Mind you, I don't really follow theater, broadway, musicals, off broadway, international shows and all of that as closely as some of my friends do. I believe it is for this reason that prior to seeing The Color Purple last Tuesday night, I had never heard of her. But what a great introduction to this fantastic woman and her amazing vocal instrument.
I have seen The Color Purple twice before when the show was touring and
stopped in Memphis, and I will say right now: I really enjoyed the show that ran back then more than I did this show. Just putting that out there, and I will get into why in a bit.
But first, let me gush a little more about Ms. Erivo. You see, at first I wasn't sure what to make of her. I have to reiterate, this was the first time I had ever heard of/ seen her. I'm simply not a musical theater buff. If I were, I would have known that Erivo has stared in Sister Act in London as Delores! Either way, over the next two hours I received the privilege of seeing this rising star perform. And didn't she perform!
Erivo had Celie down. From Somebody Gonna Love You to the various Dear God arrangements to Ms. Celie's Pants and I'm Here (both of the latter were absolute show stoppers) Erivo OWNED her part, and it was spectacular.
It would be unfair to go on and on about just one of the performers and not give everyone else props, though, so let me tell you a little more about the how I perceived the cast, and then about the production itself.
The role of Sophia requires such power, gusto, and umph. Augusta Georgia native Danielle Brooks delivers that umph and completely soars as Ms. Sophia. I thoroughly enjoyed her portrayal of the unapologetically, no nonsense, big, black woman who don't take no foolishness in her household type. Her wide range of ability in both voice and acting really delivered a believeable performance in a role that requires a special something that not just anybody has.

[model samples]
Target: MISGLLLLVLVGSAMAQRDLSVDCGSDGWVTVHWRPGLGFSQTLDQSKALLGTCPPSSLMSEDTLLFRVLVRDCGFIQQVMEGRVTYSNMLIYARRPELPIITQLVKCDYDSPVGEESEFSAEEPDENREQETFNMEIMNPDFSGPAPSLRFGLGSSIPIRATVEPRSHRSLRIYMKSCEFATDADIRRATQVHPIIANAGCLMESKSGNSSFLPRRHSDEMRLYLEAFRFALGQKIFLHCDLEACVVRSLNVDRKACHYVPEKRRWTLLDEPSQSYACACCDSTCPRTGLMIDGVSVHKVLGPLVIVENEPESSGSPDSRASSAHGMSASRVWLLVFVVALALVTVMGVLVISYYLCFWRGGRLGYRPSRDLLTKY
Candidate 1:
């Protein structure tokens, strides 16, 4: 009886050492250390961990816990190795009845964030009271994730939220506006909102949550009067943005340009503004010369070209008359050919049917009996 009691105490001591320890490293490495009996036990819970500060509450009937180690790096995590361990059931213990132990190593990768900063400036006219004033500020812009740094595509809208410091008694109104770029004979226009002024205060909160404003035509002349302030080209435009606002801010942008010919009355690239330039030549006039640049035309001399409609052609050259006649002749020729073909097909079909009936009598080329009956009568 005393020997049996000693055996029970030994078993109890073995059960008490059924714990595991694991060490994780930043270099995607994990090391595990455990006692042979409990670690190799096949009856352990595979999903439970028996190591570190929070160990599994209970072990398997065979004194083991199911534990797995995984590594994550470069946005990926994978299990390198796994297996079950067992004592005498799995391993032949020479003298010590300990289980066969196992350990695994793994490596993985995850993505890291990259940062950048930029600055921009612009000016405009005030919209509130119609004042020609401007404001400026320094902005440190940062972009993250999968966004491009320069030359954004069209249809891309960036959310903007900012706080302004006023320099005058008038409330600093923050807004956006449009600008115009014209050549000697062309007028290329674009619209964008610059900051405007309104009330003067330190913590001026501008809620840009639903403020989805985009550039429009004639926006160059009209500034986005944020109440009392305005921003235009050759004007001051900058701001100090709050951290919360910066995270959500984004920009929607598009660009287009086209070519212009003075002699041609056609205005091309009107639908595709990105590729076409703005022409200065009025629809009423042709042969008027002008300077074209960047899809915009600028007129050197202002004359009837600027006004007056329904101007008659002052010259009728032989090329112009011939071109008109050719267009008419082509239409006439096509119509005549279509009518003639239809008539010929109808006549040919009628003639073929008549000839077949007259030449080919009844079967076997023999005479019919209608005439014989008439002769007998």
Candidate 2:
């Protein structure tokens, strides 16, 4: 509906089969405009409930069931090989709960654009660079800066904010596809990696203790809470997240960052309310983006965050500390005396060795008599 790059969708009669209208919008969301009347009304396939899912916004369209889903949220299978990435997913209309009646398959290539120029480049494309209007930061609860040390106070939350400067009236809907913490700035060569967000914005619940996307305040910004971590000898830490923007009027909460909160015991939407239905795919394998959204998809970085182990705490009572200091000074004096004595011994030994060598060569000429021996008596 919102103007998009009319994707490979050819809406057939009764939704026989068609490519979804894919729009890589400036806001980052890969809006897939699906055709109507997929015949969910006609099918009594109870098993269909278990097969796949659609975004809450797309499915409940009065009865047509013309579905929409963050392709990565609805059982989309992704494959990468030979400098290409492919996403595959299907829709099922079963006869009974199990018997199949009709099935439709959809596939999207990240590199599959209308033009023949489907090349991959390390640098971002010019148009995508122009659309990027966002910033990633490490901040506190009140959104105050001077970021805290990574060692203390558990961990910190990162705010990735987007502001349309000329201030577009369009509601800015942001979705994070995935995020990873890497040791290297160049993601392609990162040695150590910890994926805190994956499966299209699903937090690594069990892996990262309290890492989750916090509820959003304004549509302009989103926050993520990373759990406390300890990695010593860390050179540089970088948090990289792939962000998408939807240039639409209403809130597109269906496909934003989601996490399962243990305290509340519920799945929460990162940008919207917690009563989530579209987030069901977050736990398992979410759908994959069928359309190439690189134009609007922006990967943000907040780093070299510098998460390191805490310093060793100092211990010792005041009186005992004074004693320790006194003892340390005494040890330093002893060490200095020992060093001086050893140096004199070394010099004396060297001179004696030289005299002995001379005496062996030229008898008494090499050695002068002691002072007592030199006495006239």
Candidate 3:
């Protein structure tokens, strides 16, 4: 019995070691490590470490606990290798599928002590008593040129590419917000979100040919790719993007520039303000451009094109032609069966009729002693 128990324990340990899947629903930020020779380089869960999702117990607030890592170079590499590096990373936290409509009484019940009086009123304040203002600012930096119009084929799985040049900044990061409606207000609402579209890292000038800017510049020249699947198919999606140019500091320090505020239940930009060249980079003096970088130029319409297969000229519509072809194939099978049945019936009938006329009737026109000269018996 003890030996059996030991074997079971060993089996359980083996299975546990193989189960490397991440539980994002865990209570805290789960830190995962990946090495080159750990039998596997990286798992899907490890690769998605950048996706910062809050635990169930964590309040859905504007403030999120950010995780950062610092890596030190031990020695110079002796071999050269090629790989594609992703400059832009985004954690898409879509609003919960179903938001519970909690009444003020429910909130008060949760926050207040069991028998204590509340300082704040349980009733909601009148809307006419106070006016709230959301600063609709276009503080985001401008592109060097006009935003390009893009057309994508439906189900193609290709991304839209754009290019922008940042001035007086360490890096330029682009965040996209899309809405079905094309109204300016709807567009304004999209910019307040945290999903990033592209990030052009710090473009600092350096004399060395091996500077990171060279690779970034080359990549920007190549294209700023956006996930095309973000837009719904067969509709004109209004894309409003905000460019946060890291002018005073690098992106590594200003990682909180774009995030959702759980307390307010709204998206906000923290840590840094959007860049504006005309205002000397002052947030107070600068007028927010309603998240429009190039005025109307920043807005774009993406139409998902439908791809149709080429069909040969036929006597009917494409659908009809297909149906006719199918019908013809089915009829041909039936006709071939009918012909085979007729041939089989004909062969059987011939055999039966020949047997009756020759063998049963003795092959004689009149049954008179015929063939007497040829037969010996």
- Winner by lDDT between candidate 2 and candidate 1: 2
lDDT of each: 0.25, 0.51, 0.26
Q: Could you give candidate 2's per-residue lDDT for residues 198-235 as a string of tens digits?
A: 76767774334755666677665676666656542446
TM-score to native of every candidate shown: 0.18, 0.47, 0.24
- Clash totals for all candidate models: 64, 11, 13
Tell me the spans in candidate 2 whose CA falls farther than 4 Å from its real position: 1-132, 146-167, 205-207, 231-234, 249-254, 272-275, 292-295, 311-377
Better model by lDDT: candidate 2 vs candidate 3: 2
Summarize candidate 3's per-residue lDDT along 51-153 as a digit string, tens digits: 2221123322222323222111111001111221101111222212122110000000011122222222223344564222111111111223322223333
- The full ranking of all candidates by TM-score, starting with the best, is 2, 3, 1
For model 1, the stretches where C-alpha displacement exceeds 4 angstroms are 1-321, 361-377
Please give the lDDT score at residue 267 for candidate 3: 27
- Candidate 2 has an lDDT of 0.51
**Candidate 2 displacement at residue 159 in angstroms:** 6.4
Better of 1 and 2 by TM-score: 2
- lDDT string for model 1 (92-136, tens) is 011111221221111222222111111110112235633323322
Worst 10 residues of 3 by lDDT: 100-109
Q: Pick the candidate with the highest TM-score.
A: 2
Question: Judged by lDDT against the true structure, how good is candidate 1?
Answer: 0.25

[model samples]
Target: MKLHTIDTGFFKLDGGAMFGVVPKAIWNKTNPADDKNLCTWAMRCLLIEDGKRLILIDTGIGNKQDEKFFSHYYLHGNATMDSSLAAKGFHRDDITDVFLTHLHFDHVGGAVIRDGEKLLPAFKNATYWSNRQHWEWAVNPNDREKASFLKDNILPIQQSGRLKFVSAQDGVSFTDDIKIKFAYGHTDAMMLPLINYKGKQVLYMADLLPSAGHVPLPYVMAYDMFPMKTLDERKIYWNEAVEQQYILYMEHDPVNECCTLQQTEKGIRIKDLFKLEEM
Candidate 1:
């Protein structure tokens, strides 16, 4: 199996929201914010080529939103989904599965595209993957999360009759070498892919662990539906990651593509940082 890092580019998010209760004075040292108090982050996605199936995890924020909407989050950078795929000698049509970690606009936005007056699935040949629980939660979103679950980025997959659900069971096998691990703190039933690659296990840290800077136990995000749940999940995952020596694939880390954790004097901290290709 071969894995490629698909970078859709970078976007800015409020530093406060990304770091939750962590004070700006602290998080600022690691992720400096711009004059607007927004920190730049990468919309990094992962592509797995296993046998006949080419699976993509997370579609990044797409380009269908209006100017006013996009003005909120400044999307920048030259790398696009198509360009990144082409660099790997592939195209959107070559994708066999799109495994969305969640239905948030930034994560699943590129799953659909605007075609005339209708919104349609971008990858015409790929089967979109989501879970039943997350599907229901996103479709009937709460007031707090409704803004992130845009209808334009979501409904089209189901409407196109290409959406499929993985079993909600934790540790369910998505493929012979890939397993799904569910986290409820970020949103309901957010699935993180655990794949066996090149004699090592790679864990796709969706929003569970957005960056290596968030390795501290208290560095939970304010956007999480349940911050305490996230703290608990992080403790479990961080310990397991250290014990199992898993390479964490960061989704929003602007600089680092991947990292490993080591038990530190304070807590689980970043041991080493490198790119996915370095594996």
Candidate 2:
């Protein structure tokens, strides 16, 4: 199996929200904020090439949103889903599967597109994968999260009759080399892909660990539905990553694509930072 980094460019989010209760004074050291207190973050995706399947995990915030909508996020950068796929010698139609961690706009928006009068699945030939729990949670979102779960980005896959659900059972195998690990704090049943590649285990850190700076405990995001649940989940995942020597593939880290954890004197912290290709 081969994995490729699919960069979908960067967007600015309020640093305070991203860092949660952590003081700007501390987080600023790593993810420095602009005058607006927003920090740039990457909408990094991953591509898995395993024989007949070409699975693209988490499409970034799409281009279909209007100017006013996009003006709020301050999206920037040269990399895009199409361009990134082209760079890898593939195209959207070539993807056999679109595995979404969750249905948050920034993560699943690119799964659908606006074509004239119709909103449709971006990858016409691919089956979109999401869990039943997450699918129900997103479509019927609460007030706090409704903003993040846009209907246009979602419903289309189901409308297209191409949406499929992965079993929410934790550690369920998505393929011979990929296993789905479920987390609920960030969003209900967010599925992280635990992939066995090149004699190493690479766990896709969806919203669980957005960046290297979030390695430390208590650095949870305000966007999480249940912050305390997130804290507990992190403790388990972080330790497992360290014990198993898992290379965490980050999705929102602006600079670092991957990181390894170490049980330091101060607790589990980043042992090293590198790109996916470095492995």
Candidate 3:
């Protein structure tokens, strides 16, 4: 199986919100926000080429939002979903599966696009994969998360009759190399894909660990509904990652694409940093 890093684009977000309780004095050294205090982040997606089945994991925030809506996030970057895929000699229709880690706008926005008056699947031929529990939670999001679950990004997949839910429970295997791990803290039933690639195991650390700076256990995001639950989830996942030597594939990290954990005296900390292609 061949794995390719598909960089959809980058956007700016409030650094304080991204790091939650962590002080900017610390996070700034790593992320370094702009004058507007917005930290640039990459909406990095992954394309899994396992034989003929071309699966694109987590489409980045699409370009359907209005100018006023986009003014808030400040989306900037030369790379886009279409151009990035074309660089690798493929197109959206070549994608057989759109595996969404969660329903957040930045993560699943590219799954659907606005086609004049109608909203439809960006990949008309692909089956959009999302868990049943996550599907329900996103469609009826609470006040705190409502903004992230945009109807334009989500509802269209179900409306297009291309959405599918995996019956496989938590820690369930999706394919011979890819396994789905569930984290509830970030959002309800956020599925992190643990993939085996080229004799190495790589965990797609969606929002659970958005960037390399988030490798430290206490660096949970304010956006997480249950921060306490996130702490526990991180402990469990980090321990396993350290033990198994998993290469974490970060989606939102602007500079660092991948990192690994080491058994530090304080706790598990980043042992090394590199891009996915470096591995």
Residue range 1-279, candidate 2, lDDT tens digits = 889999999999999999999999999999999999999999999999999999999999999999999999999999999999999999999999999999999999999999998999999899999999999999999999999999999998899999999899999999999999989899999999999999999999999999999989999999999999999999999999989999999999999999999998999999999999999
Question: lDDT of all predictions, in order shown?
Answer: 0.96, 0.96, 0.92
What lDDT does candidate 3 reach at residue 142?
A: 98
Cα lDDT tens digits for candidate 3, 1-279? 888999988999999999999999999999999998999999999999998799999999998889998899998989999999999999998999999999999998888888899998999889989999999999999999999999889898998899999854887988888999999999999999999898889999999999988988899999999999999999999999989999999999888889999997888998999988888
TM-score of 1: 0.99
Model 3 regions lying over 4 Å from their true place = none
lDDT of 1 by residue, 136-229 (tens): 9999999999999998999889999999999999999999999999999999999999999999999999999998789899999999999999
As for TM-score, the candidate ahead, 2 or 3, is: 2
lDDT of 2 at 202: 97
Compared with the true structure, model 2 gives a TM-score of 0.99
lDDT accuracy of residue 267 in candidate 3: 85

Kyle Scatliffe as Harpo was a fun choice. He had the child-like look, and was able to produce that Harpo-like charm that I have seen in the previous two productions of Purple. One of my favorite comedic moments in the show is when Squeak (Patrice Covington) confronts Sophia and gets knocked out. Harpo says "It's ok baby.... she beat me too!" Scatliffe delivers excellently, and had the crowd crying with laughter.
Isaiah Johnson as Mister was a fine choice as well. Johnson has the right swagger to gentelman ratio that it takes to pull off this good-for-nothing, trilin', makes me wanna hate men but the d too good turned born again do-gooder story arc that Mister goes through. A note about Johnson's acting: I usually gauge how well one does Mister by how sorry I feel for the man in the scenes after Celie curses him. All of the wrong that Johnson was able to portray made it difficult for me to sympathize for Mister when he was at his lowest points. That said, I didn't feel a lick of sorriness for Johnson's portrayal of Mister. Well done, sir!
Jennifer Hudson was there... as Shug.
Shoutout to the three church ladies! Excellent casting! Each one of those women looked like someone from my southern upbringing. Each one of those ladies looked like someone I knew from church. Each one of them was a person that either told me "no food in the sanctuary", "I know yo' daddy", or threatened to whip my ass. Seriously, though, Carrie Compere, Bre Jackson, and Rema Webb (see...? "Rema"... that just SOUNDS like a church lady name) worked together to portray that gossipy yet hilarious subculture of the black church. Loved it and loved them.
Though she's not there for most of the show, Nettie's character is pivotal to the plot and therefore deserves attention. Joaquina Kalukango nearly had me crying. Thanks, in large part to her ability to portray the long lost sister without saying a word, but also thanks, in part, to this show's interpretation of a few items. For one, Nettie was the mailbox that Celie was forbidden to check. Celie was always so close, yet so far away from her sister, and there she stood. Her messages personified by her human form. It was very touching and refreshing to see her thoughout the show, even if she didn't say as much as the others.